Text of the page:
In Docomo SH-12C we see a 1240 mAh Li-Ion battery. The manufacturer claims 300 hours on standby and 310 minutes of talktime. In real life these parameters are less distinguished: if you do not touch the phone it will go strong for two days with no more than three hours of conversation. The active use of major features will limit the operation time to 24 hours. Bear in mind that Docomo SH-12C comes equipped with the 1.4 GHz Qualcomm MSM8255 processor, which also influences operation time. The charging takes 2 hours.
The handset has all standard communication capabilities without any limitations. 802.11 b/g/n protocol is supported. Its settings and features have nothing unusual. USB 2 helps to charge the phone and Bluetooth 3.0 deals with all modern protocols including files transfer, which is not typical of Japanese clam-shell models.
An 8 MP CMOS camera offers standard features. Its only difference from the multitude of similar offerings is in the presence of two lenses for 3D shooting. By default we have a 2D mode when only one lens is active. Switching to 3D shooting requires pressing a dedicated button on the screen, which activates the second lens. The image moves deeper into the background and becomes livelier. If you experiment with the camera ideal scenes and viewing angles can be found. For example, a shot with a glass of water and the straw inside looks especially impressive. If you make this picture when the lens is near the straw's end in the direction of the glass the latter will move into the perspective, while the former will become clearer near its end. The 3D effect is immaculate. If you shoot the street or roses in the garden there will be no comparable presence effect. I think that 3D photography opens up new horizons for photographers and fans alike. It is still an uncharted territory.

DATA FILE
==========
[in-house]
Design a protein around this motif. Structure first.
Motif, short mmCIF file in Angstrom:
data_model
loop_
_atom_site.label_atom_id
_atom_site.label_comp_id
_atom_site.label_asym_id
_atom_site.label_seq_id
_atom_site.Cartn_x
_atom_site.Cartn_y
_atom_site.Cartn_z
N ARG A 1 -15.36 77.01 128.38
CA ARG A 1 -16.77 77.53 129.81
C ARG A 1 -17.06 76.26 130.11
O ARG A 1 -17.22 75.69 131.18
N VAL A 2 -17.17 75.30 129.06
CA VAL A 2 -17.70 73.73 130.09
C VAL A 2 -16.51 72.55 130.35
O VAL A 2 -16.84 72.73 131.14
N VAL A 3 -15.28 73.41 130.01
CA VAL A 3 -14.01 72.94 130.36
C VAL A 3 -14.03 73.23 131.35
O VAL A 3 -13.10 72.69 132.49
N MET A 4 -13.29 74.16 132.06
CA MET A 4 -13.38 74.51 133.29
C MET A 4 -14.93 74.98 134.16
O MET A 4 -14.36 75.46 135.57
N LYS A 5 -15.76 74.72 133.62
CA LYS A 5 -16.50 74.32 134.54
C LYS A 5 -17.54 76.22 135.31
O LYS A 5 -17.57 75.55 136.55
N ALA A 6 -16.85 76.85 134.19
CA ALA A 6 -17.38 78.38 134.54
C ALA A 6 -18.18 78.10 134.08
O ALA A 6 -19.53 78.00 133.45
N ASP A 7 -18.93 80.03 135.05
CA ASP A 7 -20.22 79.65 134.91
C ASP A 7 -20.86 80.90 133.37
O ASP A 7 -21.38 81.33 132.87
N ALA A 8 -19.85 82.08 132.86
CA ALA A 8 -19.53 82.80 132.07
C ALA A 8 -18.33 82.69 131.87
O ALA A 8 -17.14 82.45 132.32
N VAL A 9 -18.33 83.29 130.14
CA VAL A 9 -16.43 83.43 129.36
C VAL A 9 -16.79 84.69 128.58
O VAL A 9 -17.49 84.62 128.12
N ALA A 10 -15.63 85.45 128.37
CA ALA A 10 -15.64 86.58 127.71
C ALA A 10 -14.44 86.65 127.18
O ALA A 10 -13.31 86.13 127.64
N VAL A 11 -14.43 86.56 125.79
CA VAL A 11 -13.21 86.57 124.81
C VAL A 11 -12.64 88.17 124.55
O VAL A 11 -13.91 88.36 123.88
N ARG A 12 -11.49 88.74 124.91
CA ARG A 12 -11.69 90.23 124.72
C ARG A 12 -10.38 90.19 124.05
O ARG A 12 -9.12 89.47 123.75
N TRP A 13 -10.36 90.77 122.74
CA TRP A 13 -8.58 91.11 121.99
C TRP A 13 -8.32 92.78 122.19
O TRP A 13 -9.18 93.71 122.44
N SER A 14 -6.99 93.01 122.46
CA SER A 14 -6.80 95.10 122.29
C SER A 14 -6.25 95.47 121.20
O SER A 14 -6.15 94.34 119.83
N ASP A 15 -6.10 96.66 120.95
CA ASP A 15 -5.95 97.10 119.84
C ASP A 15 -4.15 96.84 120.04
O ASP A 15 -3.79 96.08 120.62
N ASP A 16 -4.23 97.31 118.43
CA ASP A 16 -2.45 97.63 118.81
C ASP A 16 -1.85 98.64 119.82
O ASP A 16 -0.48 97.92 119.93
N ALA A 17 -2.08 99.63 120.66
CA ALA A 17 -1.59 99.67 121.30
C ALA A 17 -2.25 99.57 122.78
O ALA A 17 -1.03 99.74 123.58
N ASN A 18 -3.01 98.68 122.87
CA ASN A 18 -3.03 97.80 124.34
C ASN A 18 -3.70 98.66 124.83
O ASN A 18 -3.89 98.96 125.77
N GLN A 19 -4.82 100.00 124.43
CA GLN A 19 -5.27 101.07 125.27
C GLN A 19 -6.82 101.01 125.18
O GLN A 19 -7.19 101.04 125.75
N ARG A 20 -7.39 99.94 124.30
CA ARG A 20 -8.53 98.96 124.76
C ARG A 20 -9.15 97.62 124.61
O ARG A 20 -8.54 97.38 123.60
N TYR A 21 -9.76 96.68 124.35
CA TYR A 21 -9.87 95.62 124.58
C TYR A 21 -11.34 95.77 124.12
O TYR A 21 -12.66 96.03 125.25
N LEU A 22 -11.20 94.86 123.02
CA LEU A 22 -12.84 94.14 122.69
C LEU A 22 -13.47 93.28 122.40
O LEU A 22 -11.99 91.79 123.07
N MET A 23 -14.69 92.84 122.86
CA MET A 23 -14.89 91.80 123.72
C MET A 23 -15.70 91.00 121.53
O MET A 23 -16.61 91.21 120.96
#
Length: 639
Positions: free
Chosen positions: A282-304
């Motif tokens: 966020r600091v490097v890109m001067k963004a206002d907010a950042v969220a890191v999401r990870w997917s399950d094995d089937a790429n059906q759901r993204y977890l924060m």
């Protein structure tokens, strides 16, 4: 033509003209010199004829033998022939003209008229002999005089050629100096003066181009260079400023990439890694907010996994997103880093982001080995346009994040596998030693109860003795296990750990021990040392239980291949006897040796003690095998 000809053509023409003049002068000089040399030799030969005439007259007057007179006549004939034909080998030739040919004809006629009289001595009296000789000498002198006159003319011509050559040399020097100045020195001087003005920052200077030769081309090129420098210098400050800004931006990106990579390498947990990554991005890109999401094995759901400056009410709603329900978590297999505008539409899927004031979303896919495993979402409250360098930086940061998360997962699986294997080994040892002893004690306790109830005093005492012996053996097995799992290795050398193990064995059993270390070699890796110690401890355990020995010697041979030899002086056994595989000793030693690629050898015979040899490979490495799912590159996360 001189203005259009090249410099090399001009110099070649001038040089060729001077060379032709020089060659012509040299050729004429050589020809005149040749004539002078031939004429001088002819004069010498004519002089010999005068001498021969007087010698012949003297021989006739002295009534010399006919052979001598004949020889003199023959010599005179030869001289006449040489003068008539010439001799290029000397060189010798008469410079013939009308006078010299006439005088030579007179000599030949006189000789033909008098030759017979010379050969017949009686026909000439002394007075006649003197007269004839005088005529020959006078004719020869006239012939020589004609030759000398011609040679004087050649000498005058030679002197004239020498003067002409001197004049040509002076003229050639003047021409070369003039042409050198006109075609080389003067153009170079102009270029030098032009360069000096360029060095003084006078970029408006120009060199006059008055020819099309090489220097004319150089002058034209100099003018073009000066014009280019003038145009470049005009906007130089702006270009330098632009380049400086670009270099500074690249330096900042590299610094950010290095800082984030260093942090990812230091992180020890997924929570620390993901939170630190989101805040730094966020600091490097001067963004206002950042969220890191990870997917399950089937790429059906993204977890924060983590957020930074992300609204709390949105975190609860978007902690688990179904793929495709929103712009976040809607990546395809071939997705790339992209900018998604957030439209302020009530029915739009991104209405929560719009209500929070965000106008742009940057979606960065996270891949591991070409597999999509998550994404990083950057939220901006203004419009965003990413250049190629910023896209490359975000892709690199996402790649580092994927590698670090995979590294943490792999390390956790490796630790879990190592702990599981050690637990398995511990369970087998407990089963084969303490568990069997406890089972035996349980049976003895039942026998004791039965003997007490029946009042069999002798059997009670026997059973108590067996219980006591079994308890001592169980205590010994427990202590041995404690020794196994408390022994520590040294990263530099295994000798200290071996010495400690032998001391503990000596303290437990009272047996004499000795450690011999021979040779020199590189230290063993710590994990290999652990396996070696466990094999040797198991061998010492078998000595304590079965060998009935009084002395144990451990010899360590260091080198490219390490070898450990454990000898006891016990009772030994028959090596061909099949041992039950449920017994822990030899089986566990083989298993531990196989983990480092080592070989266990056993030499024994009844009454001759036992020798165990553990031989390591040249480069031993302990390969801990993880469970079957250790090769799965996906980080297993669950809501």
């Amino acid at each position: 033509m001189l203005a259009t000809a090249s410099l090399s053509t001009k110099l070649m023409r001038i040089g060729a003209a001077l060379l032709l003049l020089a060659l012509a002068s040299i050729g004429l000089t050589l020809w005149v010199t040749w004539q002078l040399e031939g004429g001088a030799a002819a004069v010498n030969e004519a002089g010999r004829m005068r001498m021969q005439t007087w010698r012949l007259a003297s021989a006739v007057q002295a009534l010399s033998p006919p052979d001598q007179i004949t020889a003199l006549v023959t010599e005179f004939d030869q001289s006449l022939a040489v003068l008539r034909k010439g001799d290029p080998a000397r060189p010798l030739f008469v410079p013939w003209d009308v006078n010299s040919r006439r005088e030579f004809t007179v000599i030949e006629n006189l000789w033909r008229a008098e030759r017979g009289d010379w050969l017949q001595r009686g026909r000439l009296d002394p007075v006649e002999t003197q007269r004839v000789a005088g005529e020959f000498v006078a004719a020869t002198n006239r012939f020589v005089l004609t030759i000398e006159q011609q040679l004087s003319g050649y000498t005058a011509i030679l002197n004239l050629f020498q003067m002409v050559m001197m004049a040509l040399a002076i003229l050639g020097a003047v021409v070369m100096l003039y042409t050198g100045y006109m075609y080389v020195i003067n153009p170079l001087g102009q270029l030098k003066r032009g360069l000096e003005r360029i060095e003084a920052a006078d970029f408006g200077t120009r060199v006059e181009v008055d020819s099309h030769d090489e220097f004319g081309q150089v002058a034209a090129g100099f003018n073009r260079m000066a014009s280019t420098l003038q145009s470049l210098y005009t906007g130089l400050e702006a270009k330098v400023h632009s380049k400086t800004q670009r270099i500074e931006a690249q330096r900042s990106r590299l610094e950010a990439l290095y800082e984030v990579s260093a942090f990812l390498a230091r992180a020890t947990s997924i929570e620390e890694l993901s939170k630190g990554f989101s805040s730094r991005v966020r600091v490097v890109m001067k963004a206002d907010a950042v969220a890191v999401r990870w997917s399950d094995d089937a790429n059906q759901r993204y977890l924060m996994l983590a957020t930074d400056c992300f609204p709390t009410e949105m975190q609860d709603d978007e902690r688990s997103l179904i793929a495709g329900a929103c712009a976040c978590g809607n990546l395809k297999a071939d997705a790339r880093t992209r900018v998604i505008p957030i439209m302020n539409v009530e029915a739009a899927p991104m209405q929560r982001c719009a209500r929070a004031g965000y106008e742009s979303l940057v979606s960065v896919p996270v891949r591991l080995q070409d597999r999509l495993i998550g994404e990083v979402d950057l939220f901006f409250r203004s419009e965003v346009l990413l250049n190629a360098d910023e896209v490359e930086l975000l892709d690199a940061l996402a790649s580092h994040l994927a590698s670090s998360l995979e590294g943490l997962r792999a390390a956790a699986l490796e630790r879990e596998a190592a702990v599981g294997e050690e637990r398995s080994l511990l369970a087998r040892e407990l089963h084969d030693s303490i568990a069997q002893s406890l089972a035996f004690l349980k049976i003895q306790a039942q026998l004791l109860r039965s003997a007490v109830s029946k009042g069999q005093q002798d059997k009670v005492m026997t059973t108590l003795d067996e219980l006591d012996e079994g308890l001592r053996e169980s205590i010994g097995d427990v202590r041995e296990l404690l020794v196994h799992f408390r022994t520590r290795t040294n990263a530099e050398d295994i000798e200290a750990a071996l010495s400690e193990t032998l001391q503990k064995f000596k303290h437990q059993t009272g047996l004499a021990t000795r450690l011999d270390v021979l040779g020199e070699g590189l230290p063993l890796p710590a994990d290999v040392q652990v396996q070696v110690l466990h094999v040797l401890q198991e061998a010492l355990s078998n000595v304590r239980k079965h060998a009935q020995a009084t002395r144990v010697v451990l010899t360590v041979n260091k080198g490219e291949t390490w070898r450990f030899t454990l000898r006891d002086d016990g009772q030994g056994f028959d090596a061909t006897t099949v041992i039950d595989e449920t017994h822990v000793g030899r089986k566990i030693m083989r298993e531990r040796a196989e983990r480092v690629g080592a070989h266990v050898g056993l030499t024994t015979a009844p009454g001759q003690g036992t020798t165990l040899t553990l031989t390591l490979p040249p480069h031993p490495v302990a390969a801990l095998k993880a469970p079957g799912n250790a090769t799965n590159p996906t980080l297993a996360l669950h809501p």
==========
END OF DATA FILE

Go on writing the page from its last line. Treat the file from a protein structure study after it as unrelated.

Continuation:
Unlike in Docomo SH-10C with one lens, where the stereo image is achieved with the help of moving the viewfinder horizontally after making a shot with SH-12C you do not need special tricks. Take shots and make video just by pressing appropriate buttons. The autofocus is available for both modes (2D/3D). The only issue is that when you move closer objects the picture will be not synchronized. Pictures from the left and right lenses do not make a single image, but move sideways. You can twist your eyes, which is not comfortable. To avoid the problem I advise making sure that you do not break a minimum distance limit between the phone and the objects. Other settings are standard without much difference from the rest of models in the class.
When you view shots in the gallery the ones made in 3D mode have special symbol. In fact the phone can convert 2D images into 3D. It takes some time (from 2 to 5 seconds depending on the size of a photo). You end up with the pseudo stereo picture. The same works well for video as soon as the recording was made with the phone. Technically you can download converted 2D video for the phone to play it live in 3D. The same depth of the background as if you are recording with your own phone is impossible, but you can still watch it. There is a dedicated video player for video playback, because three party apps do not display the format properly.